Their reasoning at this point becomes exasperatingly obscure and confused, but their guiding assumption is clear enough: democratic government channels social frustrations inside the system instead of allowing discontent and anger to fester outside. Autocratic governments in the Arab world have shown themselves capable of retaining power by sheer coercive force, but their counter-revolutionary efforts, under contemporary conditions, have serious 'externalities', especially the export of murderous jihad to the West. America's security challenge is to shut down this export industry. To do so, the US must find a way to democratise the Middle East.
This convoluted and debatable argument played only a marginal role in the administration's decision to invade Iraq. It plays a more substantial role in the current presentation of its 'mission' in Iraq, however. It is also a central focus of Fukuyama's book. So how should we evaluate the idea? Is a democratic deficit in the Middle East the principal cause of anti-Western jihadism? And is democratisation a plausible strategy for preventing the export of political violence?
The first thing to say is that fighting terror by promoting democracy makes little sense as a justification of the American invasion and occupation of Iraq. Although the lack of democracy in Saudi Arabia and Egypt may indirectly fuel anti-Western jihad, in Iraq it has never done so. In non-democratic countries with which the US is allied (such as Saudi Arabia and Egypt), anti-regime violence naturally escalates or swerves into anti-American violence. The idea that a lack of democracy in countries overtly hostile to the US (such as Saddam's Iraq or contemporary Iran) will have such an effect is logically implausible and unsupported by historical evidence.
To argue that creating democracy in Iraq will help defeat Islamic terrorism is to bank on a multi-stage process by which democracy, once established in Iraq, will spread to Egypt, Saudi Arabia etc by force of its inspiring example. Only then, after neighbouring dominoes (including governments allied with the US) begin to fall, would the democratisation of Iraq contribute seriously to draining the terrorists' proverbial recruitment pool. Of course, such political revolutions, in the unlikely event that they actually erupted, would be wholly impossible to control or steer. That is reason enough to doubt that Cheney or Rumsfeld, for example, ever took seriously this frivolous bit of neo-con futurology.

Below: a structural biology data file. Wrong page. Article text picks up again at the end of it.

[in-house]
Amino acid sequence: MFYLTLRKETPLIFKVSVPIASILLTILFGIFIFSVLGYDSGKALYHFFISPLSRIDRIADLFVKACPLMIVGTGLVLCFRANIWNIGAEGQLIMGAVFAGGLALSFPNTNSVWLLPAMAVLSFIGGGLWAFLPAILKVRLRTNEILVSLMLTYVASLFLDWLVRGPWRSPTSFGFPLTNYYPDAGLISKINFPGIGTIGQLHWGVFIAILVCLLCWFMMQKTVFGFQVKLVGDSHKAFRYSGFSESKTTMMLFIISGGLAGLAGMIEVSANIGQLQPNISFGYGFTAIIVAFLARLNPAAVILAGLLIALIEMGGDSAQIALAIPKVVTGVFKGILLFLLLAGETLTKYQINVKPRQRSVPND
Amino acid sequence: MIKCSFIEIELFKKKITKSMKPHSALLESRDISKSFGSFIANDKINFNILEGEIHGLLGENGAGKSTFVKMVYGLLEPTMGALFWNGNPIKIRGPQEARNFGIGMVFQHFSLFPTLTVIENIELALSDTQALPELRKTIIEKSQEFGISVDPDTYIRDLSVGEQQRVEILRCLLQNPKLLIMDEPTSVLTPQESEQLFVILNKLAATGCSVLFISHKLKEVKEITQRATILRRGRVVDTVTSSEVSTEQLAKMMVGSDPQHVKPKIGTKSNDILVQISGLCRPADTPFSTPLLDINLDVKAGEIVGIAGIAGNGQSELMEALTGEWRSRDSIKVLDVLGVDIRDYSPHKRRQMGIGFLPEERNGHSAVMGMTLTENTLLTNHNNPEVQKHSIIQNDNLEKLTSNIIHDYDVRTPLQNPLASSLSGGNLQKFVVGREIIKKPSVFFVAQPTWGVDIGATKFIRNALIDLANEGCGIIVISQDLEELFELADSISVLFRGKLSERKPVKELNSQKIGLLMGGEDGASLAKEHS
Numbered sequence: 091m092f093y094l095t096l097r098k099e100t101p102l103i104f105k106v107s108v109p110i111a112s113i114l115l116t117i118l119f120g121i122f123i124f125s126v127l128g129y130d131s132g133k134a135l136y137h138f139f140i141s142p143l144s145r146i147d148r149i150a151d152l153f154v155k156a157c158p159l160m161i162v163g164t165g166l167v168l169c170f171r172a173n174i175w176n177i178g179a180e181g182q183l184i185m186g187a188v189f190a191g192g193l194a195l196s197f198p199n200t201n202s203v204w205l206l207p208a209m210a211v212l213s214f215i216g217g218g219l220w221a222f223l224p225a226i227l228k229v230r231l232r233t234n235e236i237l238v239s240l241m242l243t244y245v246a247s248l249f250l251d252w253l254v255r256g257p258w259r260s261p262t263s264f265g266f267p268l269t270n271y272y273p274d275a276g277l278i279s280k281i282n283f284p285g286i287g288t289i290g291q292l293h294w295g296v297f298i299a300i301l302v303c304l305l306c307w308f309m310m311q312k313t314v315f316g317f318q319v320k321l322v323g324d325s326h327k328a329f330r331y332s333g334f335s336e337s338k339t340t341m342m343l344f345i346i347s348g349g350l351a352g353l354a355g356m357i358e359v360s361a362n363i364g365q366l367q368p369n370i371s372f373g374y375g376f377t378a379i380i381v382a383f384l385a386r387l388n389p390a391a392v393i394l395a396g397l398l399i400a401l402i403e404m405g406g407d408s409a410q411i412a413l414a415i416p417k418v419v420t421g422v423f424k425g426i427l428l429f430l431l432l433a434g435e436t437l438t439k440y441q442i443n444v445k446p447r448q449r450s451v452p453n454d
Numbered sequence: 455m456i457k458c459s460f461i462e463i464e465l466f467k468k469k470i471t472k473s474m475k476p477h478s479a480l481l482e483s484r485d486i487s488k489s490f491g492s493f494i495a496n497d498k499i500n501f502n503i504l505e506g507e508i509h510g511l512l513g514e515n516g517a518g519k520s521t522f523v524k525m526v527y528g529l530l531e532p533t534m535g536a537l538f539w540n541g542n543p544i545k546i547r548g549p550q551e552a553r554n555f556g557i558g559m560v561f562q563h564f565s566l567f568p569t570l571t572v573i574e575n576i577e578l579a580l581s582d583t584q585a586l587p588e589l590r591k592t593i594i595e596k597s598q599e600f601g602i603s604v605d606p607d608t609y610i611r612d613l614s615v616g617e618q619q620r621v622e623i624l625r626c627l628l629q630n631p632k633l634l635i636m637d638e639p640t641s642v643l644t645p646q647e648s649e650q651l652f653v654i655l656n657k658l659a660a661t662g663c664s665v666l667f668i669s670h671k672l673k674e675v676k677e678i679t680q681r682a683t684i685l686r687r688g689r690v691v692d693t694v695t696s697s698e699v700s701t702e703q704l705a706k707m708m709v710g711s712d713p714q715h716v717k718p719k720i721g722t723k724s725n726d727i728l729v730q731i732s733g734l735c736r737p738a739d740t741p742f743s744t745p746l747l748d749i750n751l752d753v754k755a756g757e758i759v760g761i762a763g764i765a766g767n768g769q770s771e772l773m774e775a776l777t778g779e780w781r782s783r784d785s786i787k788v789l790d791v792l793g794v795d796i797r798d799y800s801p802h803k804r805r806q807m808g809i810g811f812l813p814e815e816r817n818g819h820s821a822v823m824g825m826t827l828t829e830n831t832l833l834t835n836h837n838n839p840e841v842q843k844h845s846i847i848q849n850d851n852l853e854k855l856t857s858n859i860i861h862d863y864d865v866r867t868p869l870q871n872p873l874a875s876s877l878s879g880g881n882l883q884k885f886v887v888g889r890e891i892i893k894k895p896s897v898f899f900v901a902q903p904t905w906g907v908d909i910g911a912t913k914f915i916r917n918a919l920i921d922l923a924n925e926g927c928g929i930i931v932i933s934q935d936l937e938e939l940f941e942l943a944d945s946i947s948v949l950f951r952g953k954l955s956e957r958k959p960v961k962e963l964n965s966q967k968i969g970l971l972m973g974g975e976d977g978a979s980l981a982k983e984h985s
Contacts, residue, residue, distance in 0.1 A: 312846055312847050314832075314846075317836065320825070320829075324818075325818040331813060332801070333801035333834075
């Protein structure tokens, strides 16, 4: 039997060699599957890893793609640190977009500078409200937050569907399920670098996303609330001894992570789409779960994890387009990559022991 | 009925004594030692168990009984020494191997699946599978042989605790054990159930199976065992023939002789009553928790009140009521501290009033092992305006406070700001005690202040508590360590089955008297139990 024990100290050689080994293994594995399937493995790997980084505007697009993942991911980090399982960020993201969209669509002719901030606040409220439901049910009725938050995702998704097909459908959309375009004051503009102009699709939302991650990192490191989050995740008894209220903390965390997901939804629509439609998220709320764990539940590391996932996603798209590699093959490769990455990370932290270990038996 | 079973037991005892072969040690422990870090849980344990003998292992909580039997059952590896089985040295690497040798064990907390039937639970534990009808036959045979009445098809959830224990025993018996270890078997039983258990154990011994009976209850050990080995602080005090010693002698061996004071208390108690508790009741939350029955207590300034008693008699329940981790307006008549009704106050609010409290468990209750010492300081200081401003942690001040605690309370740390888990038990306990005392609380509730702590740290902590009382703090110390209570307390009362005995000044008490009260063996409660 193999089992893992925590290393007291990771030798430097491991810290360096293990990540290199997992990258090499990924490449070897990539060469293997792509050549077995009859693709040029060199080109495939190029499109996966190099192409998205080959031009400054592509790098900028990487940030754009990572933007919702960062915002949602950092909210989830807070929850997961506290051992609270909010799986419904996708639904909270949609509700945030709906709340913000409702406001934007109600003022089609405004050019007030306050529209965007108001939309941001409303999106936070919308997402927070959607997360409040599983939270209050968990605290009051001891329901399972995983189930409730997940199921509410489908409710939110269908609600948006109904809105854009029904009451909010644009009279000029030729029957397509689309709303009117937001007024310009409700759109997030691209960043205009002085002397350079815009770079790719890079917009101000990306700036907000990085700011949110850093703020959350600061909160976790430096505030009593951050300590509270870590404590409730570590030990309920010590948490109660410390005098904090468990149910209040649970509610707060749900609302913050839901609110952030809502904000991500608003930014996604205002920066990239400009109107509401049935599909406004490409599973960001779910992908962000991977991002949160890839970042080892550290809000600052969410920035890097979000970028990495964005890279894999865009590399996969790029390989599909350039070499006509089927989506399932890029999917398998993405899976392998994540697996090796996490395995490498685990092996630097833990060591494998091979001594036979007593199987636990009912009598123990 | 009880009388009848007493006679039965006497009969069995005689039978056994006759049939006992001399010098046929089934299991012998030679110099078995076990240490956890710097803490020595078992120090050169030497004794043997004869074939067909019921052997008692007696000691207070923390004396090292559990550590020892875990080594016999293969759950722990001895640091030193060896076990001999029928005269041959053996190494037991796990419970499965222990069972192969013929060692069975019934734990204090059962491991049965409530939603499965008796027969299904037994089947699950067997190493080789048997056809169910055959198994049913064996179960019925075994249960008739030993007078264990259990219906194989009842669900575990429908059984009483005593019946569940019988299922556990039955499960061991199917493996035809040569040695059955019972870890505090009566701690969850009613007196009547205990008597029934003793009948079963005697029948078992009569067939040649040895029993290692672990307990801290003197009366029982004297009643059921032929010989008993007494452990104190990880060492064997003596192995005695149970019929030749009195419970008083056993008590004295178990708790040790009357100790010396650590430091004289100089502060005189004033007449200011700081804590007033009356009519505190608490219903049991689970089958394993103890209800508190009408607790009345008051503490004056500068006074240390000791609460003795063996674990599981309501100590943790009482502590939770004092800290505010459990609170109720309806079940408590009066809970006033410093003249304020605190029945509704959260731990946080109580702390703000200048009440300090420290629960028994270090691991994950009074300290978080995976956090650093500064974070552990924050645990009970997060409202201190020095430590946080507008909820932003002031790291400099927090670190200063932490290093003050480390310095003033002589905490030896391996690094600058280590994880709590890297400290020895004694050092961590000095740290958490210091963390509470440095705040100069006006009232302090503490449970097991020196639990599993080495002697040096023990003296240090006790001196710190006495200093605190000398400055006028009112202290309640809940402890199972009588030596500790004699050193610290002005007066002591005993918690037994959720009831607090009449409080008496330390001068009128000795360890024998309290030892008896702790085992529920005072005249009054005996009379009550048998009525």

The idea of a democratic cure for terrorism assumes that there are two separate causes of anti-American jihad: Middle Eastern autocracy, and unprincipled or opportunistic American backing for it. Anti-American jihad would subside, the theory implies, if either condition could be eliminated. Thus, the neo-con rationale for regime change in the Middle East seemingly justifies something much less radical, and presumably less difficult, than creating stable multiparty democracy in Mesopotamia: the gradual withdrawal of American support from the region's corrupt oligarchies and oppressive autocracies. Putting daylight between the US and abusive Middle Eastern regimes should be enough to insulate America from the violent backlash such tyrannies produce.
Unfortunately, this pathway is blocked. The US cannot simply disengage from a region in which so many of its vital interests, including the steady flow of oil and the tracking down of terrorists, are at stake. Yet the paradox remains. From the impossibility of disengaging and the perils of engaging with autocrats, the neo-cons conclude that American interests require engagement with a democratic Middle East. The logic sounds impeccable at first. But it is based on the unfounded assumption that periodically elected governments in the region will necessarily be stable, moderate and legitimate, not to mention pro-American.
An even more fundamental argument against fighting terrorism by promoting democracy, however, is that no one in the US government has any idea how to promote democracy. Fukuyama accuses the neo-cons of chatting offhandedly about democratisation while failing to study or even leaf through the 'huge academic and practitioner-based literature on democratic transitions'. Their lack of serious attention to the subject had an astonishing justification: 'There was a tendency among promoters of the war to believe that democracy was a default condition to which societies would revert once liberated from dictators.' Democracy obviously has many social, economic, cultural and psychological preconditions, but those who thought America had a mission to democratise Iraq gave no thought to them, much less to helping create them. For their delicate task of social engineering, the only instrument they thought to bring along was a wrecking ball.
One might have thought that this 'remove the lid and out leaps democracy' approach was too preposterous ever to have been taken seriously. But it is the position that Fukuyama, with some evidence, attributes to neo-cons in and around the administration. They assumed, he writes, that the only necessary precondition for the emergence and consolidation of democracy is the 'amorphous longing for freedom' which President Bush, that penetrating student of human nature, detects in 'every mind and every soul'. Their sociology of democracy boils down to the universal and eternal human desire not to be oppressed. If this were democracy's only precondition, then Iraq would have no trouble making a speedy transition from clan-based savagery and untrammelled despotism to civilised self-restraint and collective self-rule: sceptics who harped on the difficulty of creating a government that would be both coherent and representative in a multi-ethnic, multi-sectarian and tribally fragmented country, simply failed to appreciate the love of freedom in every human heart.